Landlord/tenant laws are designed primarily to protect tenants in what is seen as an economically dependent relationship. Landlords control a valuable resource, and landlord/tenant laws generally ensure that people that do not own land will be able to have a stable relationship with the land they occupy. Such laws may give tenants the assurances that they will not be arbitrarily evicted, that their dwelling will be habitable, and that their rent will not be raised to unreasonable rates. Landlord/tenant laws are a constraint on the freedom to contract, justified by the unequal bargaining power between landlords and tenants.
At the same time, landlord/tenant laws do not necessarily apply helpfully in situations where the landlord is the tenant, where the tenant is part of a cooperative that serves as “landlord,” or where parties seek to collaboratively create unique agreements for the sharing of land. Many people form entities to purchase land and proceed to lease parts of the land to themselves. Although the tenants are, indirectly, owners of the property, the creation of a leasehold interest may trigger the application of landlord/tenant laws. Many of my people find the application of landlord/tenant laws counter-intuitive, since they think of themselves as owners and want the flexibility to set the terms of their agreements for the use of the land. A question remains for further research: Under what circumstances, if at all, have courts declined to apply landlord/tenant laws to a situation where the tenant owns a significant share of the entity that is the landlord?
In the meantime, here are some of the primary ways that landlord/tenant laws may restrict the kinds of agreements people can form to occupy land as both owners and tenants:
Tenantability Laws and the Warranty of Habitability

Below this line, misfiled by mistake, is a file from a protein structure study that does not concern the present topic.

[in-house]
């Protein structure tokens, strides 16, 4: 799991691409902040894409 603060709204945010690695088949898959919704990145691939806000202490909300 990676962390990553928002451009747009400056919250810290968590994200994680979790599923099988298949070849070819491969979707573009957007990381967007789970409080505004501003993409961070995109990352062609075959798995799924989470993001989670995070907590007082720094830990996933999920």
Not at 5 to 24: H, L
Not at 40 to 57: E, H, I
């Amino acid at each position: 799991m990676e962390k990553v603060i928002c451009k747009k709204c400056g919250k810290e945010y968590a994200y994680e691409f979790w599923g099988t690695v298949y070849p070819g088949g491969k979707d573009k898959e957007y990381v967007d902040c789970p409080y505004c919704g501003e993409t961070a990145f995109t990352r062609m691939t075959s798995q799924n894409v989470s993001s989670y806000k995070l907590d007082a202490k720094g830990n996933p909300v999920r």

If people form an entity to purchase land, and then grant leases to themselves to occupy self-constructed units, this brings up the question of whether the entity is responsible for ensuring the “tenantability” or “habitability” of the spaces occupied by the member-tenants. This is especially important to consider when people are living “off-the-grid” and using composting toilets, captured rainwater, and other alternatives to regular plumbing or other common amenities. Many state laws prohibit a property owner from renting a residential unit to a tenant if the unit has certain defects that could affect the health and safety of the tenant. Even if no requirements exist in statutes, courts may impose certain requirements on landlords to provide a space that is habitable to a tenant. Over time, courts have even adapted the definition of habitable to include modern amenities, such as flush toilets and running water. [79. A leading California Supreme Court case on the warranty of habitability, Green v. Superior Court, 517 P. 2d 1168 (Cal Supreme Court 1974) provides the following summary of habitability standards in footnote number 22: “The recent case of Academy Spires, Inc. v. Brown (1970) 111 N.J. Super. 477 [268 A.2d 556] gives a good indication of the general scope of the warranty of habitability. In that case, a tenant in a multi-story apartment building complained of a series of defects, including (1) the periodic failure to supply heat and water, (2) the malfunctioning of an incinerator, (3) the failure in hot water supply, (4) several leaks in the bathroom, (5) defective venetian blinds, (6) cracks in plaster walls, (7) unpainted condition of walls and (8) a nonfunctioning elevator. The Academy Spires court held: “Some of these clearly go to bare living requirements. In a modern society one cannot be expected to live in a multi-storied apartment building without heat, hot water, garbage disposal or elevator service. Failure to supply such things is a breach of the implied covenant of habitability.”] The fact that courts have used their discretion in determining what is a reasonable way to live means that courts could probably also recognize that some people consciously choose to live off the grid. Courts would hopefully allow for tenants to voluntarily assume this way of life. Now, however, some courts have also held that the warranty of habitability cannot be waived. [80. See, for example, Centex Homes v. Buecher, 95 SW 3d 266 (Texas Supreme Court 2002), holding that the implied warranty of habitability cannot be waived except under very specific circumstances, and also examining the approach taken by other state courts. ] Other courts have allowed the warranty to be waived under circumstances where it is demonstrated that the tenant or homebuyer is fully informed of the condition of the property. [81. See Crowder v. Vandendeale, 564 S.W.2d 879, 881 (Mo. 1978)]